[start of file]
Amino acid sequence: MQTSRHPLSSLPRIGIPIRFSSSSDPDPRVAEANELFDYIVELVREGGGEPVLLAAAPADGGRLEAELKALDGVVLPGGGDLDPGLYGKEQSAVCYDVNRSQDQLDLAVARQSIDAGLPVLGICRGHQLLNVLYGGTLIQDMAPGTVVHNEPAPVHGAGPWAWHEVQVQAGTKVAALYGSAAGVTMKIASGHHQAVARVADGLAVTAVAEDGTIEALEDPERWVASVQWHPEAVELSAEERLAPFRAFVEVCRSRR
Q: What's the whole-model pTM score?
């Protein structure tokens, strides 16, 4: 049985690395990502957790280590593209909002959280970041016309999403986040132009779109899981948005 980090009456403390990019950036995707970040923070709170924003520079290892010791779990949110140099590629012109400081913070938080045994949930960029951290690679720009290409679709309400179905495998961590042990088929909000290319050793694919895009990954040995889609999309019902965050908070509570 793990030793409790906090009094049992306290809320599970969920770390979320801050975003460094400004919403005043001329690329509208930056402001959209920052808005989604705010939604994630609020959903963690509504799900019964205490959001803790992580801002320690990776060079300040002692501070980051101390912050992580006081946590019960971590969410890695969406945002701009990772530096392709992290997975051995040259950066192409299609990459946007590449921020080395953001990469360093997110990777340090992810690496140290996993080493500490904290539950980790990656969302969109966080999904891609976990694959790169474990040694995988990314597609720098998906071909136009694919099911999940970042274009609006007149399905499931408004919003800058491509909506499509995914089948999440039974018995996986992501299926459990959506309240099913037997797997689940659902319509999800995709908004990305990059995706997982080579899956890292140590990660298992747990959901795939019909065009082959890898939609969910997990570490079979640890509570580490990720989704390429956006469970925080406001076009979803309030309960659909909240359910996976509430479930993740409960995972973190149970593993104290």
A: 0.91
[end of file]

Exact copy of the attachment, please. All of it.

Amino acid sequence: MQTSRHPLSSLPRIGIPIRFSSSSDPDPRVAEANELFDYIVELVREGGGEPVLLAAAPADGGRLEAELKALDGVVLPGGGDLDPGLYGKEQSAVCYDVNRSQDQLDLAVARQSIDAGLPVLGICRGHQLLNVLYGGTLIQDMAPGTVVHNEPAPVHGAGPWAWHEVQVQAGTKVAALYGSAAGVTMKIASGHHQAVARVADGLAVTAVAEDGTIEALEDPERWVASVQWHPEAVELSAEERLAPFRAFVEVCRSRR
Q: What's the whole-model pTM score?
């Protein structure tokens, strides 16, 4: 049985690395990502957790280590593209909002959280970041016309999403986040132009779109899981948005 980090009456403390990019950036995707970040923070709170924003520079290892010791779990949110140099590629012109400081913070938080045994949930960029951290690679720009290409679709309400179905495998961590042990088929909000290319050793694919895009990954040995889609999309019902965050908070509570 793990030793409790906090009094049992306290809320599970969920770390979320801050975003460094400004919403005043001329690329509208930056402001959209920052808005989604705010939604994630609020959903963690509504799900019964205490959001803790992580801002320690990776060079300040002692501070980051101390912050992580006081946590019960971590969410890695969406945002701009990772530096392709992290997975051995040259950066192409299609990459946007590449921020080395953001990469360093997110990777340090992810690496140290996993080493500490904290539950980790990656969302969109966080999904891609976990694959790169474990040694995988990314597609720098998906071909136009694919099911999940970042274009609006007149399905499931408004919003800058491509909506499509995914089948999440039974018995996986992501299926459990959506309240099913037997797997689940659902319509999800995709908004990305990059995706997982080579899956890292140590990660298992747990959901795939019909065009082959890898939609969910997990570490079979640890509570580490990720989704390429956006469970925080406001076009979803309030309960659909909240359910996976509430479930993740409960995972973190149970593993104290």
A: 0.91